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Posts Tagged ‘spring’

I’m productively procrastinating on a post about Ôoku, so in the meantime, you get more photos!

My partner and I went to Oregon last week and while we were there we visited the Portland Japanese Garden, which just reopened to the public on March 1, 2016. We may have missed the cherry blossoms and came too early for roses in the Portland Rose Garden, but it was a lovely spring day and there were plenty of azaleas blooming.

We even had a great view of Mt. Hood:

Portland Japanese Garden  | The Lobster Dance 16

Image: view of snow-covered Mt. Hood from Washington Park, Portland

 

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Held in Nanao, Ishikawa pref., every May, the Seihakusai Festival (青柏祭) features three enormous floats that are said to ward off evil monkeys. (There’s lots of good information in English on Experience Kanazawa.) The Noto region of Ishikawa is famous for its summer festivals, but they’re not just kiriko (huge lantern) festivals.

Behold the dekayama:

Seihakusai Festival @ The Lobster Dance

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Sakura Roof @The Lobster Dance

 

While we did get a few spectacularly sunny days in Kanazawa for hanami, two cold fronts and storms rolled through during the two weeks of blooming. Kanazawa, moody as always.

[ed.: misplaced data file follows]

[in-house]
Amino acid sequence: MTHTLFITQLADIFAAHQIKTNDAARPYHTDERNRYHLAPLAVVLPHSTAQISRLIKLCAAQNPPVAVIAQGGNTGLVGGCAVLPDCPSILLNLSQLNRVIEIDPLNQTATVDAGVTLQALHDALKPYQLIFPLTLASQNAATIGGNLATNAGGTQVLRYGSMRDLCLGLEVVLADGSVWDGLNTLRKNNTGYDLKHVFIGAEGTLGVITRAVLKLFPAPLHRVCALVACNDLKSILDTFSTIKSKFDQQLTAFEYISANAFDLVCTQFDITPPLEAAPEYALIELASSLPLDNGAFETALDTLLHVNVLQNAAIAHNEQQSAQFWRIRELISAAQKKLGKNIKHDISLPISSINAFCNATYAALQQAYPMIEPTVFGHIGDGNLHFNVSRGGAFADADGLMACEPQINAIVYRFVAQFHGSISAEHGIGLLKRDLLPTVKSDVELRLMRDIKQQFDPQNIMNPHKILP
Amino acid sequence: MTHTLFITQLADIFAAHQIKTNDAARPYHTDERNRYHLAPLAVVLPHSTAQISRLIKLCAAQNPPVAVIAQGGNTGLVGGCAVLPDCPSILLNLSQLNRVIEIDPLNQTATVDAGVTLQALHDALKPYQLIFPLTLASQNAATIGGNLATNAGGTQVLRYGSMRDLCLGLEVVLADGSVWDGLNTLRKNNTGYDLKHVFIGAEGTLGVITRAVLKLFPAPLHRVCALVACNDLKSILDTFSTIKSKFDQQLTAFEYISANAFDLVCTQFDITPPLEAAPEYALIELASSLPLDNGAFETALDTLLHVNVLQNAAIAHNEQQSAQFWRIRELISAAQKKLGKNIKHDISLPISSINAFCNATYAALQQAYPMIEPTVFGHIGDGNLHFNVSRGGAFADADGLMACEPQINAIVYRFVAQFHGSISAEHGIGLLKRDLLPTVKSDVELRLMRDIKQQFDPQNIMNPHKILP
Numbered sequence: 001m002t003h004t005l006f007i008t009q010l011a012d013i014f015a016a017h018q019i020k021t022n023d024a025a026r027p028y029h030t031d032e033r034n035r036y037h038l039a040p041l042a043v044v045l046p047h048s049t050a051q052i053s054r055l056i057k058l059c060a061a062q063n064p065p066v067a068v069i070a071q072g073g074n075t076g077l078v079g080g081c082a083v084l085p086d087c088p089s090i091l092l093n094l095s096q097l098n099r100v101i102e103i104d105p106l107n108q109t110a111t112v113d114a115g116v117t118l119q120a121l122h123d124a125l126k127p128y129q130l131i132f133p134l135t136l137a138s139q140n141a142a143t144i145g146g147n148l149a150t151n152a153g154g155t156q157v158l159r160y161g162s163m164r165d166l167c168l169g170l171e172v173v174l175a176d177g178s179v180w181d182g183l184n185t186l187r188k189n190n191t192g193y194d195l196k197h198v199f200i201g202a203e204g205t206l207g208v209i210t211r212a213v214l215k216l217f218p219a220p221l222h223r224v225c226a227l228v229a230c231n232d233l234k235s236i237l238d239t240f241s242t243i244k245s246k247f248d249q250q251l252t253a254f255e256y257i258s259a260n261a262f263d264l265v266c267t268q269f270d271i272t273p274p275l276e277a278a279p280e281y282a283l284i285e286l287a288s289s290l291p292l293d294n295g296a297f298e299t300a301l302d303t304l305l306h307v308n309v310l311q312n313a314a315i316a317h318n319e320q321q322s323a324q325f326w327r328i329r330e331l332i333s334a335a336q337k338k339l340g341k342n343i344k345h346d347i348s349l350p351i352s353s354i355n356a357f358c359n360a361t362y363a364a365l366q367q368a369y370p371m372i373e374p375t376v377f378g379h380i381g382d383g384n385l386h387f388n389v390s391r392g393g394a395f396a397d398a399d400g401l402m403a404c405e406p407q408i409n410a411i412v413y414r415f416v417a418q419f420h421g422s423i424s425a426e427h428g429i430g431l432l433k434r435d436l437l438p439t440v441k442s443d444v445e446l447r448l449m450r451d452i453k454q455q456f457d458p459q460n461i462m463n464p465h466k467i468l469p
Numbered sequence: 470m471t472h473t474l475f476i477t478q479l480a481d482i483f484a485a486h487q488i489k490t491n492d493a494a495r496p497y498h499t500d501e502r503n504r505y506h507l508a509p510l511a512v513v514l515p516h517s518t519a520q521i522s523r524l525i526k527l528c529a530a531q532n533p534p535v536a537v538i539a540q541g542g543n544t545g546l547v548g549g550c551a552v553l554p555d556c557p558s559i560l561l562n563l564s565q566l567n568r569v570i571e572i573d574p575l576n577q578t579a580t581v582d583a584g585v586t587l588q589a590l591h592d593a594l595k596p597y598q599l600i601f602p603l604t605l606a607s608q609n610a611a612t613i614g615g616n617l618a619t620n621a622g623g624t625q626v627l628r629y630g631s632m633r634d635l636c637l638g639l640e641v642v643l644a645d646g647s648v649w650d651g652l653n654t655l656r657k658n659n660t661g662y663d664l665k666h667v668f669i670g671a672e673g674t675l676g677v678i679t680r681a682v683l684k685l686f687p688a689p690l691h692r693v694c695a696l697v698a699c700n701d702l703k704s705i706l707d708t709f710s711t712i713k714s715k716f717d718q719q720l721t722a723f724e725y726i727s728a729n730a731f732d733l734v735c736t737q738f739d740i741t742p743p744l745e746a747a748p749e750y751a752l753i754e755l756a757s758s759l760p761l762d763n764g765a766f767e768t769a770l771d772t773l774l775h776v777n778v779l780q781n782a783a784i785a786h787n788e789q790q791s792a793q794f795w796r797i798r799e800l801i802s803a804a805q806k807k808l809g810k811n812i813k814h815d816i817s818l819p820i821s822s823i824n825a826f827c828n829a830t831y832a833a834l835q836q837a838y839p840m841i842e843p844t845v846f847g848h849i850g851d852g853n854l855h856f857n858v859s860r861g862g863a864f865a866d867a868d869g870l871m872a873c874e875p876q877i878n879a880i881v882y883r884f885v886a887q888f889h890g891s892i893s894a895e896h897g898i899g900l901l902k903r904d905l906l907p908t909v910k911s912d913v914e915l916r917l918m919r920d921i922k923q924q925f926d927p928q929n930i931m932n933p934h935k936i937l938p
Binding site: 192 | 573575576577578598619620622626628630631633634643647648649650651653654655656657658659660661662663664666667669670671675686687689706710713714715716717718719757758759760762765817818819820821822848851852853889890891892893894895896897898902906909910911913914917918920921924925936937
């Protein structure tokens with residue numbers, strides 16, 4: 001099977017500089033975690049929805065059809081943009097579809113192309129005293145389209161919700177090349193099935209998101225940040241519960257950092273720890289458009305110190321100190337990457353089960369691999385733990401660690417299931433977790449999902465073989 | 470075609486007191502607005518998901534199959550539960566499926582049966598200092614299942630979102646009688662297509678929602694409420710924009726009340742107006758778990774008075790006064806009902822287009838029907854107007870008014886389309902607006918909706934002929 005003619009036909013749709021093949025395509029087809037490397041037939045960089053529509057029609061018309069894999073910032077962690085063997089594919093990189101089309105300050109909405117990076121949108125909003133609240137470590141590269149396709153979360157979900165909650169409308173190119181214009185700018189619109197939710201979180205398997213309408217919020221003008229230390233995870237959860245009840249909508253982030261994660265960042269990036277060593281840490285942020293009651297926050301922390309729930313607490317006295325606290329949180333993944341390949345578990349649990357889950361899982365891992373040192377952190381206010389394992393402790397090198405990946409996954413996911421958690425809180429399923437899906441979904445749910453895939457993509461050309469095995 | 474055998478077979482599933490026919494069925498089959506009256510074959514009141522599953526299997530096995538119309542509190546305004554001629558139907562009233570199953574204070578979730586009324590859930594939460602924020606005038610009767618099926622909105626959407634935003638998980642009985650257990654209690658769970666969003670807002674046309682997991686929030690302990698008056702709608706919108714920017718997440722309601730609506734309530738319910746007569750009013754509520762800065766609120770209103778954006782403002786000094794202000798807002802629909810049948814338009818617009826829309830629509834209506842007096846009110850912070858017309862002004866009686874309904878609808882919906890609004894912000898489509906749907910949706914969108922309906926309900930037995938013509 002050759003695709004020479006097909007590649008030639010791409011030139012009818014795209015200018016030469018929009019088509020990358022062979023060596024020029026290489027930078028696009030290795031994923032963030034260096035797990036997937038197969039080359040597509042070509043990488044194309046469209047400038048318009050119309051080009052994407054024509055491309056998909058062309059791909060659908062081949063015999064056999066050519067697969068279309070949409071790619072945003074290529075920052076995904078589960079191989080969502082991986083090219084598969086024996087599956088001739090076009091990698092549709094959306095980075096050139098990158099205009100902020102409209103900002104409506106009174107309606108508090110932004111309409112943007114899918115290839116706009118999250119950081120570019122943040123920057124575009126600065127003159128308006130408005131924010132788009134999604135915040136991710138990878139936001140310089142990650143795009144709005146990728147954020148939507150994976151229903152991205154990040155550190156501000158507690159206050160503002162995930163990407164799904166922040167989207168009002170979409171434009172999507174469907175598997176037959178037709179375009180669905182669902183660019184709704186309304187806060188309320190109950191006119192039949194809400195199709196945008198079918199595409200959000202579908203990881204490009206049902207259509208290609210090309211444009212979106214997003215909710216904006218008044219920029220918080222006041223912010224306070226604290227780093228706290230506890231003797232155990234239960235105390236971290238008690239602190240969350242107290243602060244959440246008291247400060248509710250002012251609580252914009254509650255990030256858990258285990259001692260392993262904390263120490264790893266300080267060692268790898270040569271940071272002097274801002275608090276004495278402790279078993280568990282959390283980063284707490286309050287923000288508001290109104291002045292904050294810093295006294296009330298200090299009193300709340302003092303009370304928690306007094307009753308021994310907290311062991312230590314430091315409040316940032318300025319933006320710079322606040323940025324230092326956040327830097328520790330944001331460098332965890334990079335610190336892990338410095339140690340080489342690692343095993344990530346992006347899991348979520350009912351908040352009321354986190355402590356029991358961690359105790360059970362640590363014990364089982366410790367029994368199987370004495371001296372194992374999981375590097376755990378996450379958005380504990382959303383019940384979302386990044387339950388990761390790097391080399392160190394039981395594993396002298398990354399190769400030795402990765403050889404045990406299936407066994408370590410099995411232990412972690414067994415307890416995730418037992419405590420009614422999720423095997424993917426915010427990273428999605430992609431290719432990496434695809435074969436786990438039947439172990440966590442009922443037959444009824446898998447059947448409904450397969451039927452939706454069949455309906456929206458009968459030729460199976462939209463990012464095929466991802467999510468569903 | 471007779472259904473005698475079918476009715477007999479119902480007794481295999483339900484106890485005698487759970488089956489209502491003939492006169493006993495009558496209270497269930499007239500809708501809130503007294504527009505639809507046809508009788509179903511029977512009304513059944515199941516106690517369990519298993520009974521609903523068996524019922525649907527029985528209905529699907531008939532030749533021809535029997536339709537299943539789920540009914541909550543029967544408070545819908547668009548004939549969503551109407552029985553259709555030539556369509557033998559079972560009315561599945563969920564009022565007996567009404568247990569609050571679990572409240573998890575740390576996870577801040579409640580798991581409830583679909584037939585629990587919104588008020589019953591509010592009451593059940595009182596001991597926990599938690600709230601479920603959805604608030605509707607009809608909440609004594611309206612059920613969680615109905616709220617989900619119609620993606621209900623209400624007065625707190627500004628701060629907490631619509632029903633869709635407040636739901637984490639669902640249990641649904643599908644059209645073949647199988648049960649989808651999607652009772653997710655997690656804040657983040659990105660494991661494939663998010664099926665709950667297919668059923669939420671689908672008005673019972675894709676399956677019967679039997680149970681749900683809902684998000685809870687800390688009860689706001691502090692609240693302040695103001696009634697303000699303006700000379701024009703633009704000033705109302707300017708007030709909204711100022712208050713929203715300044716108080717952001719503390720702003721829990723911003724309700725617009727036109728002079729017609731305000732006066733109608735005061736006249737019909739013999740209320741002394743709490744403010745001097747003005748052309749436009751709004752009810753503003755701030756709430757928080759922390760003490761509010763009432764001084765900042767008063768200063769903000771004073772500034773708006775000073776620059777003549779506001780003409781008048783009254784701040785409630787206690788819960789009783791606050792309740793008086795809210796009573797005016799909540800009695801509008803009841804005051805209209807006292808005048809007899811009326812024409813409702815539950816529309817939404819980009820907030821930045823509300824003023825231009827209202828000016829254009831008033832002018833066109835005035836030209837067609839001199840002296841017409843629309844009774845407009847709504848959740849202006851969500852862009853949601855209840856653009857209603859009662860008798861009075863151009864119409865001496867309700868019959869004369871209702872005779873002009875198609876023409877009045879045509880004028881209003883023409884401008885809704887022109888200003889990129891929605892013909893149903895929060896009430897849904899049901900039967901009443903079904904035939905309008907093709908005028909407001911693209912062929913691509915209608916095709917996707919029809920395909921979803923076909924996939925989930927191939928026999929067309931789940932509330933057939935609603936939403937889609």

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Utatsuyama (卯辰山) is a small mountain in Kanazawa that stands taller than even the castle, and the Utatsuyama Park (卯辰山公演) area, accessible from Higashi Chaya-gai (tea district), is home to a number of gardens, including the iris garden I visited last summer. Last week, I hiked to the plum grove, which, in addition to Kenrokuen’s much larger plum grove, is one of the best places to view the plum blossoms in the city.

Utatsuyama, The Lobster Dance

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“In a Station of the Metro”
The apparition of these faces in the crowd;
Petals on a wet, black bough.
— Ezra Pound

Plum Buds 2012

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I’m actually shocked it took me this long to get to Nijô Castle. When I travel to Kyoto, I’m perpetually hanging out near Sanjô/Kawaramachi/Teramachi, but when my parents came to visit, we had dinner plans in Osaka and no plans for the morning. Normally I take my new-to-Kansai friends to geek out in DenDen Town or enjoy the onsen of Spa World, but my parents, being neither into the anthropology of otaku culture nor “public bathing,” merited going out of my standard destinations. Nijô Castle (Nijôjô) was close to where we were staying in Kyoto, so we decided to head there.

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